Germany’s Taiwan policy

The basis of German (and European) relations with the People’s Republic of China (PRC) has always been the One-China Policy but also the premise that unification can only come about peacefully and with the consent of the democratic majority of Taiwan’s population. While Germany has never put the fundamentals of its One-China Policy into question, it has also always been part of the status quo that Germany “maintains contacts and relationships with Taiwan below the threshold of recognition as a sovereign state.” In addition, the German government considers “military threats to be unacceptable and, in particular, [believes that] threats with live ammunition or the use of economic means of coercion are not justified.” 

Following the August 2022 visit to Taiwan by Nancy Pelosi, the-then US speaker of the House of Representatives, German Foreign Minister Annalena Baerbock, referring to the Russian attack on Ukraine, said that it is unacceptable when “a larger neighbor attacks its smaller neighbor in violation of international law – and of course that also applies to China.” Here the question arises whether an invasion by the PRC, as the only sovereign state in this conflict, against Taiwan would actually pose a violation of international law. Prompted by this question in August 2022, the German Ministry of Foreign Affairs spokesperson responded that from Germany’s point of view “something like partial sovereignty under international law (…) also applies to Taiwan.”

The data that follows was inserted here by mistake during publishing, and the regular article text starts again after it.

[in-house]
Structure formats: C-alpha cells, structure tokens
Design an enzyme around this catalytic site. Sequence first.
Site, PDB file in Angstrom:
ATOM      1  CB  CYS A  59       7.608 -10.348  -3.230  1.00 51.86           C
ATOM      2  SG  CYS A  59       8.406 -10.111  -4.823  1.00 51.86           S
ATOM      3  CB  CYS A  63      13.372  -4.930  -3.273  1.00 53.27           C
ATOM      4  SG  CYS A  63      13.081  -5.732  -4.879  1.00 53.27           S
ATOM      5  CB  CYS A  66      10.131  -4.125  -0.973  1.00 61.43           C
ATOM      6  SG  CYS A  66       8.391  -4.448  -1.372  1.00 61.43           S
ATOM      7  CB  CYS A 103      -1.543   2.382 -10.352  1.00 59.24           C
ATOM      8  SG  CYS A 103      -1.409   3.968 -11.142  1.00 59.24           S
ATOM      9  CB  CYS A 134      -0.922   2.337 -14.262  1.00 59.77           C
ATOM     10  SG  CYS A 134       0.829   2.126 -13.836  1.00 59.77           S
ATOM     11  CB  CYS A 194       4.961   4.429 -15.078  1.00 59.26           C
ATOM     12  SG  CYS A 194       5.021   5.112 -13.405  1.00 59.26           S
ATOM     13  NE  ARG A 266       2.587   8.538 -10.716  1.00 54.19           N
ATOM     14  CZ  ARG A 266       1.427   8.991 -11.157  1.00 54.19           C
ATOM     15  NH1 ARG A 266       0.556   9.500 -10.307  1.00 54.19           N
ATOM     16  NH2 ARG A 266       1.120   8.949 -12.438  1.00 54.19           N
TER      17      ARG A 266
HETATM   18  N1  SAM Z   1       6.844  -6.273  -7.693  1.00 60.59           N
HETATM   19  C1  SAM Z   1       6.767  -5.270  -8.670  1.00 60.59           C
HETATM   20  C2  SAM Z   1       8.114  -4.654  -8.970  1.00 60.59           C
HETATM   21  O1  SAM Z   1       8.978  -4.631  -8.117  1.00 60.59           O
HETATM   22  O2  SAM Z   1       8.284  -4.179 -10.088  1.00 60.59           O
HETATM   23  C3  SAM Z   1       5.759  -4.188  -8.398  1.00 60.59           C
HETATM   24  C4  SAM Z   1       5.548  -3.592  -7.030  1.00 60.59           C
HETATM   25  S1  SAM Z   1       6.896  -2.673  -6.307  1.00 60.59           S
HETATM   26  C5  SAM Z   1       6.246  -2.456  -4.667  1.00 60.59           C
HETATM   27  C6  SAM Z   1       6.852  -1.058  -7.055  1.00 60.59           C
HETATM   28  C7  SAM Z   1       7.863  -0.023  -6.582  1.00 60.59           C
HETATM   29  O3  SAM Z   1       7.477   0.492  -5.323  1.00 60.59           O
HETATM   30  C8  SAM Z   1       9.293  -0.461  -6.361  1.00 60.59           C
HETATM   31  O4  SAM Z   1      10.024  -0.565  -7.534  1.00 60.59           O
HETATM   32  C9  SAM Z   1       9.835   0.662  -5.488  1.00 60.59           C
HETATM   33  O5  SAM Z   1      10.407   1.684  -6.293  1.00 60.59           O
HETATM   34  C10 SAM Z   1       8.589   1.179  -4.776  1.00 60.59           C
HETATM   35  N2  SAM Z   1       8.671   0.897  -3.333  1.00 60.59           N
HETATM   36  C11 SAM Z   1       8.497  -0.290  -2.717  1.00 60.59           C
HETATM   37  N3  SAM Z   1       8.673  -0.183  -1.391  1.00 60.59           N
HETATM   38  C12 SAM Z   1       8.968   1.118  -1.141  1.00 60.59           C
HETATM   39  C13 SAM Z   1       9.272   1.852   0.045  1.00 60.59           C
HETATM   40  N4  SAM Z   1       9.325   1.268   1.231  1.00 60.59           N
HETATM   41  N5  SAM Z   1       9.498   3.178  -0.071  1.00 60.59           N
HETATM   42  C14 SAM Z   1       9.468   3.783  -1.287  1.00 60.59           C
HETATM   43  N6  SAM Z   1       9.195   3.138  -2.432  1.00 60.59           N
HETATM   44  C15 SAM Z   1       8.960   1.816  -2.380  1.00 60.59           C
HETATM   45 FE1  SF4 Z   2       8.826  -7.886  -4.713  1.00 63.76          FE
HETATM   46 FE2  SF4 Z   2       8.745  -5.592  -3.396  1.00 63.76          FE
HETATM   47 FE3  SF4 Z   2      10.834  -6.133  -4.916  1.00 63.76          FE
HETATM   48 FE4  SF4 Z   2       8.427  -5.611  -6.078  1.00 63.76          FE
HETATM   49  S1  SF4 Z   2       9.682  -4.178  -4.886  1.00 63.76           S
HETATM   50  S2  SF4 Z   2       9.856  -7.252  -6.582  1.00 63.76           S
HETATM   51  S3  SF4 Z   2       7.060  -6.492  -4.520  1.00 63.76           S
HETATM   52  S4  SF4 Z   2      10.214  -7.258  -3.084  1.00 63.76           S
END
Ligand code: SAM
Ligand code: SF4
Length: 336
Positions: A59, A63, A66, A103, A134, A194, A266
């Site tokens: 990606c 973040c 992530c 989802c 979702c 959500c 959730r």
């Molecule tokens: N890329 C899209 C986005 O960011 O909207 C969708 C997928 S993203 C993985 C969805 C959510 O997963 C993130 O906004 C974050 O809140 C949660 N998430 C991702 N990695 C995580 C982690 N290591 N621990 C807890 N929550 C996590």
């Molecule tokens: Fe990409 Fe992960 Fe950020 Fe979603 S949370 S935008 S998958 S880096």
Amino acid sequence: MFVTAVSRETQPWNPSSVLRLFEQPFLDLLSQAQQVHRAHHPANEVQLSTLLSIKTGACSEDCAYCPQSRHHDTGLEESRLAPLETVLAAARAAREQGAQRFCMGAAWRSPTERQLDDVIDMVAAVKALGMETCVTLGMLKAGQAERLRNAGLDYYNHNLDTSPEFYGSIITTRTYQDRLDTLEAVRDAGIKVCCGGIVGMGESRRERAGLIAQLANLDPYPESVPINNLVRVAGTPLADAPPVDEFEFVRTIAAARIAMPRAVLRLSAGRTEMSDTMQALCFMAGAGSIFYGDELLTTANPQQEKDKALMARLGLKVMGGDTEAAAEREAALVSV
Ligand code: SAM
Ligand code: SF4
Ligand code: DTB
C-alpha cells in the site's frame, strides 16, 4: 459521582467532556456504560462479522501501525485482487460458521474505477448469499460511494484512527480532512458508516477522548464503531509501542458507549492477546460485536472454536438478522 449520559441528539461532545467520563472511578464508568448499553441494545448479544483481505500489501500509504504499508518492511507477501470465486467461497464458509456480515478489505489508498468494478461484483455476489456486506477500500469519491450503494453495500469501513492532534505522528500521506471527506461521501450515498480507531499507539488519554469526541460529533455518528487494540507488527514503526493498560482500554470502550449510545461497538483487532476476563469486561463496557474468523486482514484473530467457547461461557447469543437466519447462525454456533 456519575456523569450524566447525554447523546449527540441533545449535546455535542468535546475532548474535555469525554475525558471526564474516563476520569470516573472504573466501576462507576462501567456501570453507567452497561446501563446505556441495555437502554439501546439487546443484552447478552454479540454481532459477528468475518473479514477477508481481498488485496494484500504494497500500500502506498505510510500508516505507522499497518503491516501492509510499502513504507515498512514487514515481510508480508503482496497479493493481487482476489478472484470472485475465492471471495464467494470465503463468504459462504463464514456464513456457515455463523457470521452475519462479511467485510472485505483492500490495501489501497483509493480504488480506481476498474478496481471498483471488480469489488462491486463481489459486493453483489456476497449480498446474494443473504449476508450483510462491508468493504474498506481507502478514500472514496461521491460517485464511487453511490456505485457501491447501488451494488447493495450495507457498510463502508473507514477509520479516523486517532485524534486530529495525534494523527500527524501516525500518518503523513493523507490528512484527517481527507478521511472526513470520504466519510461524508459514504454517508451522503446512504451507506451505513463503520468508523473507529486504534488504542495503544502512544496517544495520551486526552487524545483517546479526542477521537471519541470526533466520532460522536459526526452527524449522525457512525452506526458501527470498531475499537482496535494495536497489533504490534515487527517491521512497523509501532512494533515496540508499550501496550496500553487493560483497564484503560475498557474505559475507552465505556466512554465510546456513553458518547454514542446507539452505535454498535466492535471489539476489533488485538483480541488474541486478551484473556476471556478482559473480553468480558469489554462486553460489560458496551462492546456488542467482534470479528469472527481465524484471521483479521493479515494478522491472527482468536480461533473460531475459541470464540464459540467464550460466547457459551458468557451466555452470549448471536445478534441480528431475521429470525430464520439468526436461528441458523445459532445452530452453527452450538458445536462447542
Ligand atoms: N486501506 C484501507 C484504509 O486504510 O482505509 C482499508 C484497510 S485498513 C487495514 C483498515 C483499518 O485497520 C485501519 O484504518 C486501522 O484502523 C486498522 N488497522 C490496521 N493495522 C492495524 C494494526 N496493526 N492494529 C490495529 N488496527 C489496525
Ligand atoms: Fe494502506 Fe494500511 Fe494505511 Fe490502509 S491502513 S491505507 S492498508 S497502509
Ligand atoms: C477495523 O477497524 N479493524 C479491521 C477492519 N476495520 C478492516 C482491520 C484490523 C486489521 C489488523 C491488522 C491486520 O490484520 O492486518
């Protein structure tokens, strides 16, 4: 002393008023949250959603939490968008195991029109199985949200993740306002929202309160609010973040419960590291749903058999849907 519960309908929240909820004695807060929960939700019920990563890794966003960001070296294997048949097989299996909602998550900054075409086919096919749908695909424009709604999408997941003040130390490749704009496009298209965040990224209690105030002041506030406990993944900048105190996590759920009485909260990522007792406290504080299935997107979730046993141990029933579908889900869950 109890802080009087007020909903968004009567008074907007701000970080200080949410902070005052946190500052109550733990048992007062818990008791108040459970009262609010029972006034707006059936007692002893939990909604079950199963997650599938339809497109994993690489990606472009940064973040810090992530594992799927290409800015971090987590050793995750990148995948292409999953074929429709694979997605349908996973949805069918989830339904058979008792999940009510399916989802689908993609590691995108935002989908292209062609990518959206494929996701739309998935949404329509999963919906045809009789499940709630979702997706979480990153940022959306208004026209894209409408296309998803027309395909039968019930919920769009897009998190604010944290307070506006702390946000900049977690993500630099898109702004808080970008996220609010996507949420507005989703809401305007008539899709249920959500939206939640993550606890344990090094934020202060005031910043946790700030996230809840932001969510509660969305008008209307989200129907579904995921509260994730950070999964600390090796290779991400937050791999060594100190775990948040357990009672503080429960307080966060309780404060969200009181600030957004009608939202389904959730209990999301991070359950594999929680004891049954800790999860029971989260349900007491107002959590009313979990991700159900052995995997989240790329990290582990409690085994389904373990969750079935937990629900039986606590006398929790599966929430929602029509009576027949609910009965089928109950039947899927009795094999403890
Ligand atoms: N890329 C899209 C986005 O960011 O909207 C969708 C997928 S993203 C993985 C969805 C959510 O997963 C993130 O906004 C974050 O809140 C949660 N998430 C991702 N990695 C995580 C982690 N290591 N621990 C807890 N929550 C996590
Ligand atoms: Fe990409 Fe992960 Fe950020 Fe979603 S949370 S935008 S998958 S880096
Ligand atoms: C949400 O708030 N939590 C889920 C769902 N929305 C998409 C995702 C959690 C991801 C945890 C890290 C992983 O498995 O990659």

Rights and Obligations

Taking into account this definition of the subjects of international law and the related rights and obligations, Germany should make the following considerations when finalizing the China strategy: first, Germany and Taiwan have the right to cooperate more within the limits of the latter not being a fully sovereign state, and, second, China is obliged not to threaten and invade the island.